Dec 01 2017

This Week in Forensic Science


No one has hours to scour the papers to keep up with the latest news, so we’ve curated the top news stories in the field of Forensic Science for this week. Here’s what you need to know to get out the door!


This Week in Forensic Science


Would-be Obama Assassin Identified by Cat Hairs, Authorities Say (The Guardian – 11/24/2017)

  • Fur on an explosive package was matched to cats owned by Julia Poff, accused of attempted postal attacks on former president and Texas governor


Wrongly Convicted Man Shares Holiday with Detective who Sought Release (Euro News – 11/26/2017)

  • Coley, 70, spent the past 38 years in prison for a double murder he didn’t commit, but this year he was able to eat Thanksgiving dinner with the retired detective who spent nearly three decades attempting to prove his innocence.


Petition Demands DNA Kit Companies Keep Genetic Data Private (New York Post – 11/27/2017)


Why do State Laws Put an Expiration Date on Sex Crimes? (PBS News Hour – 11/28/2017)


Plano PD’s New DNA Testing Tool Weeds Out Bad Samples, Cuts Wait Time for Results from Months to Minutes (Dallas News – 11/28/2017)

  • The Plano Police Department is testing a new tool that’s expected to help solve crimes faster and save money on forensic testing.

New Research Project to Focus on Use of Nuclear Techniques in Forensic Science (Forensic Magazine – 11/28/2017)

  • Experts from around the world, representing both practitioners of nuclear analytical techniques as well as forensic science stakeholder communities, met in Vienna last week to discuss the objectives of a new Coordinated Research Project on utilizing nuclear analytical techniques in forensic science. The project aims to determine how existing forensic methods can be complemented by the use of nuclear techniques to aid the work of police investigators, courts and customs officials.


Interview with Program Director Max Houck (Locard’s Lab – 11/28/2017)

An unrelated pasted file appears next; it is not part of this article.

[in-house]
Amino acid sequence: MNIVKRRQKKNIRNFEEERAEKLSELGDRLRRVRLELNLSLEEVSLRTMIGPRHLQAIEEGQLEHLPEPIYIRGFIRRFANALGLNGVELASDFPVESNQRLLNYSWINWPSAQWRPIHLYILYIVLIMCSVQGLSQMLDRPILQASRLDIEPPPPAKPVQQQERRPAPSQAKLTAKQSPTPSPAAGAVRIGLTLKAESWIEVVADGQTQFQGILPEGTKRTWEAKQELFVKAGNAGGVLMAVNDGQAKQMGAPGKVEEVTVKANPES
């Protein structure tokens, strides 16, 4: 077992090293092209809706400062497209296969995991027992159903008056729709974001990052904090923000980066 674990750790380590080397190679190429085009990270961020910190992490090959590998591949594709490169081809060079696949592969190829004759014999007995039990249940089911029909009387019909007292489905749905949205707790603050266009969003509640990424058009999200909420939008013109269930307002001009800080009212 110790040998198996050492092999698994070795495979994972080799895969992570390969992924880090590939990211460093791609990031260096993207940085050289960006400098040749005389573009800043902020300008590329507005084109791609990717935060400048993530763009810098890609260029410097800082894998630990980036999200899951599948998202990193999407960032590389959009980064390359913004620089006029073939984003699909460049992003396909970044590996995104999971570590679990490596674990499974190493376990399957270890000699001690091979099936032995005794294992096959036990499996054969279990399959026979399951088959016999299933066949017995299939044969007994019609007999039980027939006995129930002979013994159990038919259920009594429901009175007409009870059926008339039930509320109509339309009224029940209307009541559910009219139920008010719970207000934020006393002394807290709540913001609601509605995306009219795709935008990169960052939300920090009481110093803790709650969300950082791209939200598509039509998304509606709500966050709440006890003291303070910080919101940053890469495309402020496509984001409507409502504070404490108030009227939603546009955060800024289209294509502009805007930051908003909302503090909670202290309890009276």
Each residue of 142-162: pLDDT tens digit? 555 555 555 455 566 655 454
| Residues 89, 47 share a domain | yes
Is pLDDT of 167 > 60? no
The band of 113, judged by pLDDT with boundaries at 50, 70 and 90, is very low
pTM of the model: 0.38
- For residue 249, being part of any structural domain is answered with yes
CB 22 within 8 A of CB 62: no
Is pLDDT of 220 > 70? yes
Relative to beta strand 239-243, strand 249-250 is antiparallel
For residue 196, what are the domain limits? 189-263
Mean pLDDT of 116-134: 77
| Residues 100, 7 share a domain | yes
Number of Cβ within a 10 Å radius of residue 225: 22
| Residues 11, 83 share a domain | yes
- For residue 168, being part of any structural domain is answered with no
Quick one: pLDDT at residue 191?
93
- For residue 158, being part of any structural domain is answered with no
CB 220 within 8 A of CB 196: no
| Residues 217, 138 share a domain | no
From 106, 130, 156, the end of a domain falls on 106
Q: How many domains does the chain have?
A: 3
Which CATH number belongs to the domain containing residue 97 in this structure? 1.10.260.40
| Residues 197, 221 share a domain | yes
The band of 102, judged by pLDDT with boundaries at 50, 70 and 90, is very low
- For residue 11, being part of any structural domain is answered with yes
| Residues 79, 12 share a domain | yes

• My current role is Visiting Assistant Professor and Director of the Forensic Studies & Justice Program at University of South Florida St. Petersburg. The Program teaches forensic investigative techniques and scientific applications in criminal cases, using structured analytic techniques borrowed from the intelligence community to mitigate and reduce bias, and how to improve the criminal justice system and avoid wrongful convictions. I created the Program, teach in it, and conduct research in these areas.


Forensic Technology Developed in UK Will Make It “Impossible” for Criminals to Destroy Fingerprint Evidence (Forensic Magazine – 11/29/2017)

  • The advanced detection technique, which allows investigators to take prints from problematic exhibits, such as spent ammunition casings, was carried out in partnership with the Defence Science and Technology Laboratory (DSTL) – an executive agency of the Ministry of Defence.


The Impenetrable Program Transforming How Courts Treat DNA Evidence (WIRED – 11/29/2017)

  • But now legal experts, along with Johnson’s advocates, are joining forces to argue to a California court that TrueAllele—the seemingly magic software that helped law enforcement analyze the evidence that tied Johnson to the crimes—should be forced to reveal the code that sent Johnson to prison. This code, they say, is necessary in order to properly evaluate the technology. In fact, they say, justice from an unknown algorithm is no justice at all.


Yeti Legends Are Based on These Real Animals, DNA Shows (National Geographic – 11/29/2017)

  • The best look yet at supposed Yeti samples also offers valuable insight into the genetic histories of rare Himalayan bears.


New York City Has Genetically Distinct ‘Uptown’ and ‘Downtown’ Rats (The Atlantic – 11/29/2017)

  • A graduate student sequenced rats all over Manhattan, and discovered how the city affects their genetic diversity.